Image: Denon DJ

Above each platter is a bay for selecting audio effects with three knobs for quick-access adjustments: a parameter (like panning), frequency, and wet / dry or beat timing. Separately, there are four popular effects hard assigned to buttons in the center: filter, echo, wash, and noise. For those who want control over visuals, the Prime 4 also works with StagelinQ, Denon DJ’s lighting and video protocol.

Other things to note about the Prime 4: there’s USB keyboard support for music search so you don’t have to rely on the on-screen keyboard, it supports uncompressed audio formats (FLAC, ALAC, WAV), and support for Serato DJ Pro control is coming soon. It should also be able to read and import your existing playlists, folders, hot cues and loop information from iTunes, Serato DJ Pro, Native Instruments Traktor Pro, and Rekordbox into Denon’s Engine Prime music management software.

Ever since Denon DJ introduced its Prime series in 2017, it’s felt like the company is taking a direct swing at Pioneer DJ’s monopoly both in nightclubs and as a favorite among most performing artists, proffering what it says is a better option. That’s only reinforced by a recent video Denon DJ released with its sponsored artists rocking Prime gear at festivals, capped with the hashtag “#ChangeYourRider.” If enough DJs start putting Denon DJ Prime gear on their riders (a part of the contract that outlines requirements for things like hospitality and equipment needs), the hope is that more vendors will buy the gear to have it on hand, and Denon DJ can eventually take away some of Pioneer DJ’s grasp in this circuit.

It’s been under two years since Denon DJ launched the Prime series, and it’s been able to snag a couple of flagship brand ambassadors during that time, including Laidback Luke, Oliver Heldens, Paul Oakenfold, and Tiësto. It’s a tiny pool to start with, and not everyone stuck with the gear. Tiësto went back to Pioneer after his brand ambassadorship period ended.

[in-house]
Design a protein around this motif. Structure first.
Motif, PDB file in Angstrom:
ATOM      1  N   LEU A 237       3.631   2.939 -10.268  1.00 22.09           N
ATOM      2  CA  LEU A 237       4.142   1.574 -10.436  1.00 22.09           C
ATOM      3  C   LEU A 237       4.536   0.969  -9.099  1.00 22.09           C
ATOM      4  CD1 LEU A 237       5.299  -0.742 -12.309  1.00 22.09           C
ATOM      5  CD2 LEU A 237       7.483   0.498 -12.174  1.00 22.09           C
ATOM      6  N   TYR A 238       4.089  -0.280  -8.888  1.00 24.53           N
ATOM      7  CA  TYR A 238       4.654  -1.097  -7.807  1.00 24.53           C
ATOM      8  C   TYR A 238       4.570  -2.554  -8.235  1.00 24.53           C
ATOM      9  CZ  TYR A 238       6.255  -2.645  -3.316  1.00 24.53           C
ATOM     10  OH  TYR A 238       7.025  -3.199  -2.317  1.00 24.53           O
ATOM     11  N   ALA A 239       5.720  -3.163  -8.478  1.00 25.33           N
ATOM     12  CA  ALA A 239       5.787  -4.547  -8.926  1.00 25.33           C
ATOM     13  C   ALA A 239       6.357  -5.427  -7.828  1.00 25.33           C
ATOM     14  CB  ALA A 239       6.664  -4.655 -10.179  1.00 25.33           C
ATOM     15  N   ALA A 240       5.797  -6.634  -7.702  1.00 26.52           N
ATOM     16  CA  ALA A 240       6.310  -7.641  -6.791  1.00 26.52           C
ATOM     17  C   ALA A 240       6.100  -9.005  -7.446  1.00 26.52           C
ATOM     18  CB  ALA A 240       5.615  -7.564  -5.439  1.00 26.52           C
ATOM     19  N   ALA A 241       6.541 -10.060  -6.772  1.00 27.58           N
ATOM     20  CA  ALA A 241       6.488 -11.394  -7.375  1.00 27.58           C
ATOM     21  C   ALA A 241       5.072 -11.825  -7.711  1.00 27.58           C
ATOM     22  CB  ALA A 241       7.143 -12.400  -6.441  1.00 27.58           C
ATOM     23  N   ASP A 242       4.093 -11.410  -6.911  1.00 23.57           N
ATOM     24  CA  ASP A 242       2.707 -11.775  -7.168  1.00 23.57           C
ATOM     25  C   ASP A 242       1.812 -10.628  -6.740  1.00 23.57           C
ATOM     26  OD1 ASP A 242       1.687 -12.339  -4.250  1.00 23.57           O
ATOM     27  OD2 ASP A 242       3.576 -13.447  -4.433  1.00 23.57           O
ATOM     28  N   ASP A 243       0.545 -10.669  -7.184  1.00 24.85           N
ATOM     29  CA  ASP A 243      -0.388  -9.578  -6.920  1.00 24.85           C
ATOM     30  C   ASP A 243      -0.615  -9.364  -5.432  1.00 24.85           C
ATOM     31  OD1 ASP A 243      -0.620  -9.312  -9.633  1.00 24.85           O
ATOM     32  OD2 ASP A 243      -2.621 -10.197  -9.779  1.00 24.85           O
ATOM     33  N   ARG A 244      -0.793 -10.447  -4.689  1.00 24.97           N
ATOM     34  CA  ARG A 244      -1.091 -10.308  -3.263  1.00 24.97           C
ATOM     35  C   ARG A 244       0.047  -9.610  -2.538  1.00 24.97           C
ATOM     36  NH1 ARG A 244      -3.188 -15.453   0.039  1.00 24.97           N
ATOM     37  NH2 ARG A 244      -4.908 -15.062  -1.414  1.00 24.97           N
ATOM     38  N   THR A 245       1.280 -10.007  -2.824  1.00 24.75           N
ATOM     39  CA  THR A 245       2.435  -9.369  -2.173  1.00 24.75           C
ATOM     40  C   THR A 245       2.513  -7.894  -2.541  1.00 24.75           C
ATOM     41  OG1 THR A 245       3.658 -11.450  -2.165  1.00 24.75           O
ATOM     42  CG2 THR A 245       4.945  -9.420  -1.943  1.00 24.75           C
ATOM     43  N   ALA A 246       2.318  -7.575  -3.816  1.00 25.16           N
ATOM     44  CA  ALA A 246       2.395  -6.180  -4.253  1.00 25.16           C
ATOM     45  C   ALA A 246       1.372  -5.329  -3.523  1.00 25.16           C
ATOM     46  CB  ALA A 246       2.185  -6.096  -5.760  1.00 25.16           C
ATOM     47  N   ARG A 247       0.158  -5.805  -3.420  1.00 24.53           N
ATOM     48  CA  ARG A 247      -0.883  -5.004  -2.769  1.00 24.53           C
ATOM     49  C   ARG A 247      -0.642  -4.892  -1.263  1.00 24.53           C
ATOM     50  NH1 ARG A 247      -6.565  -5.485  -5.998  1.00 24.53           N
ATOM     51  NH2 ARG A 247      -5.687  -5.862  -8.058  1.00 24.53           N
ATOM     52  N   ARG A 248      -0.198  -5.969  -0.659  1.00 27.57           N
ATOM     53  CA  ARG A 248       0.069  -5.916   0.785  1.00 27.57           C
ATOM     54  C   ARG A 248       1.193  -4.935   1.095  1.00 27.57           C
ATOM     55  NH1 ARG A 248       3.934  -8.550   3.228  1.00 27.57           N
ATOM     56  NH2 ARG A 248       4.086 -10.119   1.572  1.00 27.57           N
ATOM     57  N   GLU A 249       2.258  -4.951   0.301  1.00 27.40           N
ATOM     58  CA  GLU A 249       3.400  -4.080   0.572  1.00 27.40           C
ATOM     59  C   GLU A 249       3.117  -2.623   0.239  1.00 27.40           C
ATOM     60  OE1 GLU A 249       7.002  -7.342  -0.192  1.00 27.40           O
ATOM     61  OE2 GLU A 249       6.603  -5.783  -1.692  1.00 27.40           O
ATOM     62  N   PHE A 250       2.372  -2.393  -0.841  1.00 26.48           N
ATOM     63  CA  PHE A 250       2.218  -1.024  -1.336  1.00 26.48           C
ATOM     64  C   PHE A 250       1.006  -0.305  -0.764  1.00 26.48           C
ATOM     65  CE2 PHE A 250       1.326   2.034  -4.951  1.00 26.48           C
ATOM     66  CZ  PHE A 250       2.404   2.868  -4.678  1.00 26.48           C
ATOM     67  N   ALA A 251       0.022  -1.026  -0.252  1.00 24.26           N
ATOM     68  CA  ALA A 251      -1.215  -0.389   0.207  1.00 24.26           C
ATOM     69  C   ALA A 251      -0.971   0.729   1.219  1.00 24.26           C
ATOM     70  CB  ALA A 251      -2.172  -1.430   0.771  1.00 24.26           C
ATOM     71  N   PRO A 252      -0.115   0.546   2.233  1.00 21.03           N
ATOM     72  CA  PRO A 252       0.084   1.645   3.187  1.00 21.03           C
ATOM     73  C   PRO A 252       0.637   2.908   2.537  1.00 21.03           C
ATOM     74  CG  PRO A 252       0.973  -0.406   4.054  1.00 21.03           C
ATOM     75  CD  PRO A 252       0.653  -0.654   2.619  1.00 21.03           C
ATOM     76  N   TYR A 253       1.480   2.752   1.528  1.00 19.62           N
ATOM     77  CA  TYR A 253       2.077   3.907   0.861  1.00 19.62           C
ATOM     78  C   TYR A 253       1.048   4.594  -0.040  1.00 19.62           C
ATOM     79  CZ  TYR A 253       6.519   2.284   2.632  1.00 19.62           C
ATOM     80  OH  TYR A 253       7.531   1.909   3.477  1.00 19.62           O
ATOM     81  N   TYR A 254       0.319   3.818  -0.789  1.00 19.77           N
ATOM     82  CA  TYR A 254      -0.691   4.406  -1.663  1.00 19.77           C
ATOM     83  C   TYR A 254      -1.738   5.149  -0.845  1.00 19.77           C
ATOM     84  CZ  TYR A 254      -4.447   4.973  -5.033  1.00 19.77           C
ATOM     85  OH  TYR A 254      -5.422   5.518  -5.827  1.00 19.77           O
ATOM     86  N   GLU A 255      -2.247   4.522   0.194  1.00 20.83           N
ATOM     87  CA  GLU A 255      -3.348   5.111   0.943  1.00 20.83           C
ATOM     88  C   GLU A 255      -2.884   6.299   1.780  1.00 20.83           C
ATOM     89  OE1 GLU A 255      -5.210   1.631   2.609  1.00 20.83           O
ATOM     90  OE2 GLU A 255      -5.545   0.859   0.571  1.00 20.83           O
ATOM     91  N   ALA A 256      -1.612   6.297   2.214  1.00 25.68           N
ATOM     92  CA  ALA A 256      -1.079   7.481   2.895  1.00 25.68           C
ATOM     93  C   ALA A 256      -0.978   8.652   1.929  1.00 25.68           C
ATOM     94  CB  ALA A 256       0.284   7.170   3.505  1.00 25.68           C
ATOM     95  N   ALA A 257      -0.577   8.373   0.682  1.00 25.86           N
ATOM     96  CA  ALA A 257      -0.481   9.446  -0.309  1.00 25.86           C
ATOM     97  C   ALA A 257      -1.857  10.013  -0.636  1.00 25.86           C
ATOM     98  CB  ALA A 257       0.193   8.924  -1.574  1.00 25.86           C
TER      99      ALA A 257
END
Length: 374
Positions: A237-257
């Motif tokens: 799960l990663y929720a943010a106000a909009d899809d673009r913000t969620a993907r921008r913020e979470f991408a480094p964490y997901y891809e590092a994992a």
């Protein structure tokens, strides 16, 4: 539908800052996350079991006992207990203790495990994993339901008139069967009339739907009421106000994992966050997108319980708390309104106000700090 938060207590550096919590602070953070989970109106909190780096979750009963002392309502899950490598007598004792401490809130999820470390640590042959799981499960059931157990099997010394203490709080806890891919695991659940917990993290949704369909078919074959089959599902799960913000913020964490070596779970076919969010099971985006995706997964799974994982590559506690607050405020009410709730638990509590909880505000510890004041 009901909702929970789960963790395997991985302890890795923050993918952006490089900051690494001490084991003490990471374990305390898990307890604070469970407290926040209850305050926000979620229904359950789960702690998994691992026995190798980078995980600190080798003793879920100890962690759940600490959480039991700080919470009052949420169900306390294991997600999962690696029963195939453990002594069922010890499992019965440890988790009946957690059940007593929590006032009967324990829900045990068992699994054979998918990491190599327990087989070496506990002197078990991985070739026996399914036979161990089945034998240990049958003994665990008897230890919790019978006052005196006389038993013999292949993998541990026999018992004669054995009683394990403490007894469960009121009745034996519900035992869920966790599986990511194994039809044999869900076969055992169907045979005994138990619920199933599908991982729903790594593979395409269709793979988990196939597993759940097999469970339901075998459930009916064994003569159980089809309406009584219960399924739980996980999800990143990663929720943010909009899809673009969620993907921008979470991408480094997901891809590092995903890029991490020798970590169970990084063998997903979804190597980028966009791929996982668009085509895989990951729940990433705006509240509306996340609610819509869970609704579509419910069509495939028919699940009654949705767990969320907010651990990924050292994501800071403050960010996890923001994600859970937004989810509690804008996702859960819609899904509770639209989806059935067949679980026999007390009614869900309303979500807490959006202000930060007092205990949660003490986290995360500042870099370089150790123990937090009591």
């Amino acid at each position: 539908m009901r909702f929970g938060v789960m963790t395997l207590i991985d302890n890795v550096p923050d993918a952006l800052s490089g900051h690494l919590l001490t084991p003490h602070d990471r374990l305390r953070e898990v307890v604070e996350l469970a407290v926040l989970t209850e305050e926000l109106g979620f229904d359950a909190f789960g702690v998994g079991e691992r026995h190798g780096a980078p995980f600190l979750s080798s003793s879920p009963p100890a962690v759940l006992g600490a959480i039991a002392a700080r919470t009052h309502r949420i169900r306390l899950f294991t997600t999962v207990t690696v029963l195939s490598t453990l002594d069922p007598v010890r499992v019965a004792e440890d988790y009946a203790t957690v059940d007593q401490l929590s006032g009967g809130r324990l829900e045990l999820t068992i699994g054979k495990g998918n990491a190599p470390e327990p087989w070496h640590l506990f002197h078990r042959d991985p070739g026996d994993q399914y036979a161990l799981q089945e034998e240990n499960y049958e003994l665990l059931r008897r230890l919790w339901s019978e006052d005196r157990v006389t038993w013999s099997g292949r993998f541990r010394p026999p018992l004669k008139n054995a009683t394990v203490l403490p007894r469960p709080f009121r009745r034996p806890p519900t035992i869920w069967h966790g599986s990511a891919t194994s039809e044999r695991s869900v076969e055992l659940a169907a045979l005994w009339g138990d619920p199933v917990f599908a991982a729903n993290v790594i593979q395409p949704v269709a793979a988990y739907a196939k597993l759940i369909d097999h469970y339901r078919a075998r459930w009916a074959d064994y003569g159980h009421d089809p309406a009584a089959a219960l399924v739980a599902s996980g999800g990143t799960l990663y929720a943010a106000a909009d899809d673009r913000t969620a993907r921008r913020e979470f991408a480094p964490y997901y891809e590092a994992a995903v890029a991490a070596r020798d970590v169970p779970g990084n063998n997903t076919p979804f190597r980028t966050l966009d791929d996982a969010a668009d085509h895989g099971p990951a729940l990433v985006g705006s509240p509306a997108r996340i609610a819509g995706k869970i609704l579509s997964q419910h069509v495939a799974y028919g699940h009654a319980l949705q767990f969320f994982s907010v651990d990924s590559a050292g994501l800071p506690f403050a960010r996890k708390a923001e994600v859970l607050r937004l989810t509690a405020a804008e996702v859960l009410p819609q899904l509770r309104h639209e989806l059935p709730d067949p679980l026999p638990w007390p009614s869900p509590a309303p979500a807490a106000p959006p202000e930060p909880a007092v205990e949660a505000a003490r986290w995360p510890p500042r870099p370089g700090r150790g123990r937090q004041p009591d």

I don’t know that Tiësto’s decision is a knock at Denon DJ’s quality. It could be a hard look at the current reality where Pioneer DJ’s gear is the standard already purchased and on hand by promoters, audio rental outlets, nightclubs, and more. And it’s the equipment DJs know how to use, making Pioneer DJ an ecosystem the industry is locked into. Denon DJ Prime isn’t. It’s simply easier and less costly on all ends to have and use what everyone else already has and uses.

Denon DJ trying to disrupt this can outwardly look like a David versus Goliath situation, but it does appear it’s in this fight for the long haul. When I did a hands-on with the Prime SC5000 CDJ last year, a Denon DJ rep directly told me that the company had “over-engineered” the tech, expecting its capabilities to stay up to date for at least five years. Denon DJ also recently slashed the SC5000’s price to $999, making it well underpriced in comparison to Pioneer DJ’s CDJ-2000NXS2, at $2,199.

Sure, the new Prime 4 isn’t aimed at festival use, but this is a way for Denon DJ to take tech it already built for the main stage and expose it DJs who are looking for a professional home setup or mobile gig. In the process, it’s managed to bring to market something many DJs have pined for and Pioneer DJ has yet to deliver: a true four-channel standalone DJ unit. Denon’s DJ Prime 4 will cost $1,699.00, and it will be available in March 2019.